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ORIGINAL ARTICLE  METHODOLOGICAL PROBLEMS IN REHABILITATION RESEARCH. REPORT FROM A COCHRANE REHABILITATION METHODOLOGY MEETING Freefree

European Journal of Physical and Rehabilitation Medicine 2019 June;55(3):378-83

DOI: 10.23736/S1973-9087.19.05792-7

Copyright © 2019 EDIZIONI MINERVA MEDICA

language: English

Mapping the primary outcomes reported in Cochrane systematic reviews regarding stroke with the International Classification of Functioning, Disability and Health domains: current trend and future recommendations

Julia P. ENGKASAN 1 , Aishah AHMAD-FAUZI 1, Sakinah SABIRIN 1, Chau C. CHAI 1, 2, Izwan Z. ABDUL-MALEK 1, 3, Sara LIGUORI 4, Antimo MORETTI 4, Francesca GIMIGLIANO 5

1 Department of Rehabilitation Medicine, University of Malaya, Kuala Lumpur, Malaysia; 2 Department of Surgery, University Malaysia Sarawak, Kota Samarahan, Malaysia; 3 Department of Medicine and Health Sciences, University Putra Malaysia, Selangor, Malaysia; 4 Department of Medical and Surgical Specialties and Dentistry, University of Campania “Luigi Vanvitelli”, Naples, Italy; 5 Department of Mental and Physical Health and Preventive Medicine, University of Campania “Luigi Vanvitelli”, Naples, Italy



BACKGROUND: The International Classification of Functioning, Disability and Health (ICF) serves as a framework for defining and categorizing health and functioning. ICF could be used to classify research outcomes in a systematic manner.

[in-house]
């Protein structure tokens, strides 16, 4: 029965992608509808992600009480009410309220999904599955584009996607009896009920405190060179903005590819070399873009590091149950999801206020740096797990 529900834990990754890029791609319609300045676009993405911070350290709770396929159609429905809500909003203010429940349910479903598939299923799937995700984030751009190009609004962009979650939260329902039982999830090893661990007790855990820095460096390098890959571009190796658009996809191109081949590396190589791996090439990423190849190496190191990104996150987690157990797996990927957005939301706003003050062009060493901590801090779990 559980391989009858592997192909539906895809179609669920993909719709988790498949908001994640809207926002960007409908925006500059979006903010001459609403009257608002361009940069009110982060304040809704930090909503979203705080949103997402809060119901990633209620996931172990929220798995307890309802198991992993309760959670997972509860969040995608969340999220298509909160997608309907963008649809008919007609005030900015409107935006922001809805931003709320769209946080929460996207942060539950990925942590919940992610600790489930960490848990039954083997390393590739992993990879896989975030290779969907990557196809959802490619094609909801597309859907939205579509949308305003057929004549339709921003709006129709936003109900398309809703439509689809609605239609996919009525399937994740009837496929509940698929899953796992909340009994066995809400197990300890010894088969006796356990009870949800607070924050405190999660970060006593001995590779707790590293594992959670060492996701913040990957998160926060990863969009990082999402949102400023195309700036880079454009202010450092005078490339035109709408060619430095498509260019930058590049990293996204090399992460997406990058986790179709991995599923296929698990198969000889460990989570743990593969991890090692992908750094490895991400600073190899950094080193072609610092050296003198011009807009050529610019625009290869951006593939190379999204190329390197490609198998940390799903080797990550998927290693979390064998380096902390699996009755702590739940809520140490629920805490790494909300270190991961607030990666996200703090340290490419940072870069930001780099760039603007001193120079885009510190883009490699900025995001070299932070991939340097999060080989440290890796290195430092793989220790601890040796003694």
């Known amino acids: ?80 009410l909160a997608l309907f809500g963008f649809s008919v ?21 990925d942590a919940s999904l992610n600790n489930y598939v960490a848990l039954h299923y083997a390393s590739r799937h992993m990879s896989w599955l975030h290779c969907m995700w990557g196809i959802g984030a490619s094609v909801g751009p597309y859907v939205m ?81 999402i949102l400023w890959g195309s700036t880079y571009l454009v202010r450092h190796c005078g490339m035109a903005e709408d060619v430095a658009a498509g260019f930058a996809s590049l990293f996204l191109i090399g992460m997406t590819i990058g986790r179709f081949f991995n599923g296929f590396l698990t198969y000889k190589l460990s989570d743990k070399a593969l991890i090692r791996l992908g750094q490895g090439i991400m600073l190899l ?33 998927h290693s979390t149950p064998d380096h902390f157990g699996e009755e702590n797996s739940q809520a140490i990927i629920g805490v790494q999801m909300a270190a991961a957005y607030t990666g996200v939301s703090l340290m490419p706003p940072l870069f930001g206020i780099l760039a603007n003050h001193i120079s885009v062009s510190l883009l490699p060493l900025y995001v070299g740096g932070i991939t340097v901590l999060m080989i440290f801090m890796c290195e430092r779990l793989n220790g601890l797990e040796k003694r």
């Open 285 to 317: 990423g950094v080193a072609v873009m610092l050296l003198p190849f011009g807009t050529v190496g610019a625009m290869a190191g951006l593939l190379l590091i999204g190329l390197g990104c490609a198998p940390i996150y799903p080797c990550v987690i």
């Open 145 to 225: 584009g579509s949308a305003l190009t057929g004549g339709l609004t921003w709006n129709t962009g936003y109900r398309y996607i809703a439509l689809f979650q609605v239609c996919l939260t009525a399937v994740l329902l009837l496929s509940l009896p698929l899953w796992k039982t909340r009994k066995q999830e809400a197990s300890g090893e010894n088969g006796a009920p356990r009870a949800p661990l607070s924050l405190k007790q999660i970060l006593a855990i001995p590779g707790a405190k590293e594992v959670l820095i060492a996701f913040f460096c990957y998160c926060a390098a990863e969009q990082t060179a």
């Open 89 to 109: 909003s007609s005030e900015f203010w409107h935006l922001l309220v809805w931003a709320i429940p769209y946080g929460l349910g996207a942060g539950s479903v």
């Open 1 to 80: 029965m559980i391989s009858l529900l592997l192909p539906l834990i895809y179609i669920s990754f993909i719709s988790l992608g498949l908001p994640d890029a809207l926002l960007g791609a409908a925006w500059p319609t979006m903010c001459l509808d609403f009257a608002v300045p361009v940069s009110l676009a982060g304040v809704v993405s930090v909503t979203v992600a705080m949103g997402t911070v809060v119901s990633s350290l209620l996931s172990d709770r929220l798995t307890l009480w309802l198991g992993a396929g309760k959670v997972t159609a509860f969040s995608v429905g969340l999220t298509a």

AIM: The aim of this study was to classify the primary outcomes used in Cochrane Systematic Reviews (CSRs) into the ICF domains of functioning; to describe the differences in primary outcomes in reviews related to rehabilitation intervention and non-rehabilitation intervention; and to describe the trend of outcome selections according year of publication.
DESIGN: Methodological paper.
POPULATION: Adult stroke population.
METHODS: We analyzed the primary outcomes used in the CSRs published by the Cochrane Stroke Review Group up to December 2017. The primary outcomes were extracted and classified into the ICF domains of functioning (body functions, body structures and activity and participation).
RESULTS: One hundred and seventy-four papers with 216 primary outcomes were included in this analysis. Less than half (102/216, 47.2%) of the outcomes could be classified into the ICF domains of functioning. For the outcomes that could be classified into the ICF domains, the majority (72/102, 70.5%) were in the activity and participation domain, followed by body functions (26/102, 25.5%) and body structures (4/102, 4.0%). Of the outcomes that could not be classified into the ICF domains (N.=114), death (81/114, 71.1%) and recurrent stroke (21/114,18.4%) formed the majority of the outcome. There were 75 CSRs on rehabilitation related interventions; the majority of the outcomes (75/97, 77.3%) used in rehabilitation related CSRs could be classified into the ICF framework with more than half (49/75, 65.3%) in the activity and participation domain.
CONCLUSIONS: The majority of the primary outcomes selected by the Cochrane Stroke Review Group in their CSRs could not be classified into the ICF domains of functioning. Death and recurrence of vascular events remains the major outcome of interest. In rehabilitation related interventions, activity and participation domain is the functioning domain most commonly used.
CLINICAL REHABILITATION IMPACT: The systematic use of patients-centered ICF-based outcomes in CSRs could help the application of evidence in clinical decision making.


KEY WORDS: Rehabilitation; Treatment outcome; Clinical decision-making; Stroke

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